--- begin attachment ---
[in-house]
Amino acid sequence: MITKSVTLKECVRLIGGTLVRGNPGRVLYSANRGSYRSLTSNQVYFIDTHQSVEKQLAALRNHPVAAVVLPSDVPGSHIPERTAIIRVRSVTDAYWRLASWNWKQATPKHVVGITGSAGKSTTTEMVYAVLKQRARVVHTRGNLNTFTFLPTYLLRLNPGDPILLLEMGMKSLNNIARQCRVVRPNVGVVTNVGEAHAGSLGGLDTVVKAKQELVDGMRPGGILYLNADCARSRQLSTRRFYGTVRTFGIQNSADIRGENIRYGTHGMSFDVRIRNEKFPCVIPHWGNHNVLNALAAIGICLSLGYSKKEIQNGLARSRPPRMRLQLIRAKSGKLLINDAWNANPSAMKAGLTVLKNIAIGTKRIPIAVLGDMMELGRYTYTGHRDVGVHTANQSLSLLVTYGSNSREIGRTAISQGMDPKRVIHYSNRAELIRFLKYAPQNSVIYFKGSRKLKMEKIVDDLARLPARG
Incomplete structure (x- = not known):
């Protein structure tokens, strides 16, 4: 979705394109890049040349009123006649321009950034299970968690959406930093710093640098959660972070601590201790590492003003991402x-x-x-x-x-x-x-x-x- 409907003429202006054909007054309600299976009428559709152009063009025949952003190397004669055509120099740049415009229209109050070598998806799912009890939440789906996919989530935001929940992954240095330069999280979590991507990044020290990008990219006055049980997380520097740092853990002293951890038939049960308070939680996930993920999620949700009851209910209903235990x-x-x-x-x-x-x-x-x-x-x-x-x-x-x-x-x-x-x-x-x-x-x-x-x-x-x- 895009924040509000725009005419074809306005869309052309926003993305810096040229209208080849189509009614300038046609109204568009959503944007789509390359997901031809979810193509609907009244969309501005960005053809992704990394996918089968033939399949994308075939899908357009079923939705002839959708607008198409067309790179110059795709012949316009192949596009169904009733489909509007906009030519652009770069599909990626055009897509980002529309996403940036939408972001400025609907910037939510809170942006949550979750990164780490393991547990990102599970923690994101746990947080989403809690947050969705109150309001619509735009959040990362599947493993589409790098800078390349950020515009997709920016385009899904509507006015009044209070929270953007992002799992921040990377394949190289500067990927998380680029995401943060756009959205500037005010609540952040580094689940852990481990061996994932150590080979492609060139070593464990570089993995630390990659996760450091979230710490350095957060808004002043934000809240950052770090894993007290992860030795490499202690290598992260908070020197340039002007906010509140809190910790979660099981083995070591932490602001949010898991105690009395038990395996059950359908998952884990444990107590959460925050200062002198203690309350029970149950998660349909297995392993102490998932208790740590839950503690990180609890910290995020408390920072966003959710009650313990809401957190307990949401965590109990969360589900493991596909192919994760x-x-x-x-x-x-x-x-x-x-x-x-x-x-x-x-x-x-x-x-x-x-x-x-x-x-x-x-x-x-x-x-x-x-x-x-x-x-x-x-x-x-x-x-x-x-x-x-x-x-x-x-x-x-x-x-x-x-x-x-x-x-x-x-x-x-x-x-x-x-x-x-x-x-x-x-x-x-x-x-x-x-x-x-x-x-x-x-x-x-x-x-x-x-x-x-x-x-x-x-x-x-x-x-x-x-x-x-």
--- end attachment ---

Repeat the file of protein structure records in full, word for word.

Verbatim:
[in-house]
Amino acid sequence: MITKSVTLKECVRLIGGTLVRGNPGRVLYSANRGSYRSLTSNQVYFIDTHQSVEKQLAALRNHPVAAVVLPSDVPGSHIPERTAIIRVRSVTDAYWRLASWNWKQATPKHVVGITGSAGKSTTTEMVYAVLKQRARVVHTRGNLNTFTFLPTYLLRLNPGDPILLLEMGMKSLNNIARQCRVVRPNVGVVTNVGEAHAGSLGGLDTVVKAKQELVDGMRPGGILYLNADCARSRQLSTRRFYGTVRTFGIQNSADIRGENIRYGTHGMSFDVRIRNEKFPCVIPHWGNHNVLNALAAIGICLSLGYSKKEIQNGLARSRPPRMRLQLIRAKSGKLLINDAWNANPSAMKAGLTVLKNIAIGTKRIPIAVLGDMMELGRYTYTGHRDVGVHTANQSLSLLVTYGSNSREIGRTAISQGMDPKRVIHYSNRAELIRFLKYAPQNSVIYFKGSRKLKMEKIVDDLARLPARG
Incomplete structure (x- = not known):
């Protein structure tokens, strides 16, 4: 979705394109890049040349009123006649321009950034299970968690959406930093710093640098959660972070601590201790590492003003991402x-x-x-x-x-x-x-x-x- 409907003429202006054909007054309600299976009428559709152009063009025949952003190397004669055509120099740049415009229209109050070598998806799912009890939440789906996919989530935001929940992954240095330069999280979590991507990044020290990008990219006055049980997380520097740092853990002293951890038939049960308070939680996930993920999620949700009851209910209903235990x-x-x-x-x-x-x-x-x-x-x-x-x-x-x-x-x-x-x-x-x-x-x-x-x-x-x- 895009924040509000725009005419074809306005869309052309926003993305810096040229209208080849189509009614300038046609109204568009959503944007789509390359997901031809979810193509609907009244969309501005960005053809992704990394996918089968033939399949994308075939899908357009079923939705002839959708607008198409067309790179110059795709012949316009192949596009169904009733489909509007906009030519652009770069599909990626055009897509980002529309996403940036939408972001400025609907910037939510809170942006949550979750990164780490393991547990990102599970923690994101746990947080989403809690947050969705109150309001619509735009959040990362599947493993589409790098800078390349950020515009997709920016385009899904509507006015009044209070929270953007992002799992921040990377394949190289500067990927998380680029995401943060756009959205500037005010609540952040580094689940852990481990061996994932150590080979492609060139070593464990570089993995630390990659996760450091979230710490350095957060808004002043934000809240950052770090894993007290992860030795490499202690290598992260908070020197340039002007906010509140809190910790979660099981083995070591932490602001949010898991105690009395038990395996059950359908998952884990444990107590959460925050200062002198203690309350029970149950998660349909297995392993102490998932208790740590839950503690990180609890910290995020408390920072966003959710009650313990809401957190307990949401965590109990969360589900493991596909192919994760x-x-x-x-x-x-x-x-x-x-x-x-x-x-x-x-x-x-x-x-x-x-x-x-x-x-x-x-x-x-x-x-x-x-x-x-x-x-x-x-x-x-x-x-x-x-x-x-x-x-x-x-x-x-x-x-x-x-x-x-x-x-x-x-x-x-x-x-x-x-x-x-x-x-x-x-x-x-x-x-x-x-x-x-x-x-x-x-x-x-x-x-x-x-x-x-x-x-x-x-x-x-x-x-x-x-x-x-």